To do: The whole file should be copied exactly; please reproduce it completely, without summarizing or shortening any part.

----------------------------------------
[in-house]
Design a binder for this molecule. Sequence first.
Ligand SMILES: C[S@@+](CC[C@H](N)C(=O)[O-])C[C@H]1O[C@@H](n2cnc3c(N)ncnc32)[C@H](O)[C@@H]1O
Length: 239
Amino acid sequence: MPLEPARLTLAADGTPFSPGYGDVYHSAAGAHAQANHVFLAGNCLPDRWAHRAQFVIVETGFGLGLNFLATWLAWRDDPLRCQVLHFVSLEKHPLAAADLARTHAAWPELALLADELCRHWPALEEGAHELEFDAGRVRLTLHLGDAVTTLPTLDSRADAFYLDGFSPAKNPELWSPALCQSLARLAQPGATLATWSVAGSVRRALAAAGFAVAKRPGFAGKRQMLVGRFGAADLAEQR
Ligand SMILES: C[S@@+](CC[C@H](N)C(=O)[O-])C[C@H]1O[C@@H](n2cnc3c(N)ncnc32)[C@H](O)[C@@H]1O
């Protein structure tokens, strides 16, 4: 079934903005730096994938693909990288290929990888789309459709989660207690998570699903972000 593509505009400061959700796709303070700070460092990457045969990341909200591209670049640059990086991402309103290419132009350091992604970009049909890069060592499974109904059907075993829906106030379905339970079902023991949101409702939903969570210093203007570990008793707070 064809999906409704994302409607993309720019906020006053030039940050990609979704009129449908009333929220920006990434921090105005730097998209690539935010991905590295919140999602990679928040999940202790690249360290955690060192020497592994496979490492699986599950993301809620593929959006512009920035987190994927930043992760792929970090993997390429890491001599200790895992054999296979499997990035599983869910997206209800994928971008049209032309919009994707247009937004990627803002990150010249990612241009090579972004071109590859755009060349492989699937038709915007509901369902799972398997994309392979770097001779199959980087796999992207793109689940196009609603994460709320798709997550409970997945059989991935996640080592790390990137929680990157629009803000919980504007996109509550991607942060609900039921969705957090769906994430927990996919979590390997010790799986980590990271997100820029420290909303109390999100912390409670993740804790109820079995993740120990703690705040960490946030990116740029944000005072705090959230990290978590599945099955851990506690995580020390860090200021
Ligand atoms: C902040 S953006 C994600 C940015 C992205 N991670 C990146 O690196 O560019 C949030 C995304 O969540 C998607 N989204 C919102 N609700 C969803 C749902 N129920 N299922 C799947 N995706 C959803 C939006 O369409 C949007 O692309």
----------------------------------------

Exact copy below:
[in-house]
Design a binder for this molecule. Sequence first.
Ligand SMILES: C[S@@+](CC[C@H](N)C(=O)[O-])C[C@H]1O[C@@H](n2cnc3c(N)ncnc32)[C@H](O)[C@@H]1O
Length: 239
Amino acid sequence: MPLEPARLTLAADGTPFSPGYGDVYHSAAGAHAQANHVFLAGNCLPDRWAHRAQFVIVETGFGLGLNFLATWLAWRDDPLRCQVLHFVSLEKHPLAAADLARTHAAWPELALLADELCRHWPALEEGAHELEFDAGRVRLTLHLGDAVTTLPTLDSRADAFYLDGFSPAKNPELWSPALCQSLARLAQPGATLATWSVAGSVRRALAAAGFAVAKRPGFAGKRQMLVGRFGAADLAEQR
Ligand SMILES: C[S@@+](CC[C@H](N)C(=O)[O-])C[C@H]1O[C@@H](n2cnc3c(N)ncnc32)[C@H](O)[C@@H]1O
């Protein structure tokens, strides 16, 4: 079934903005730096994938693909990288290929990888789309459709989660207690998570699903972000 593509505009400061959700796709303070700070460092990457045969990341909200591209670049640059990086991402309103290419132009350091992604970009049909890069060592499974109904059907075993829906106030379905339970079902023991949101409702939903969570210093203007570990008793707070 064809999906409704994302409607993309720019906020006053030039940050990609979704009129449908009333929220920006990434921090105005730097998209690539935010991905590295919140999602990679928040999940202790690249360290955690060192020497592994496979490492699986599950993301809620593929959006512009920035987190994927930043992760792929970090993997390429890491001599200790895992054999296979499997990035599983869910997206209800994928971008049209032309919009994707247009937004990627803002990150010249990612241009090579972004071109590859755009060349492989699937038709915007509901369902799972398997994309392979770097001779199959980087796999992207793109689940196009609603994460709320798709997550409970997945059989991935996640080592790390990137929680990157629009803000919980504007996109509550991607942060609900039921969705957090769906994430927990996919979590390997010790799986980590990271997100820029420290909303109390999100912390409670993740804790109820079995993740120990703690705040960490946030990116740029944000005072705090959230990290978590599945099955851990506690995580020390860090200021
Ligand atoms: C902040 S953006 C994600 C940015 C992205 N991670 C990146 O690196 O560019 C949030 C995304 O969540 C998607 N989204 C919102 N609700 C969803 C749902 N129920 N299922 C799947 N995706 C959803 C939006 O369409 C949007 O692309």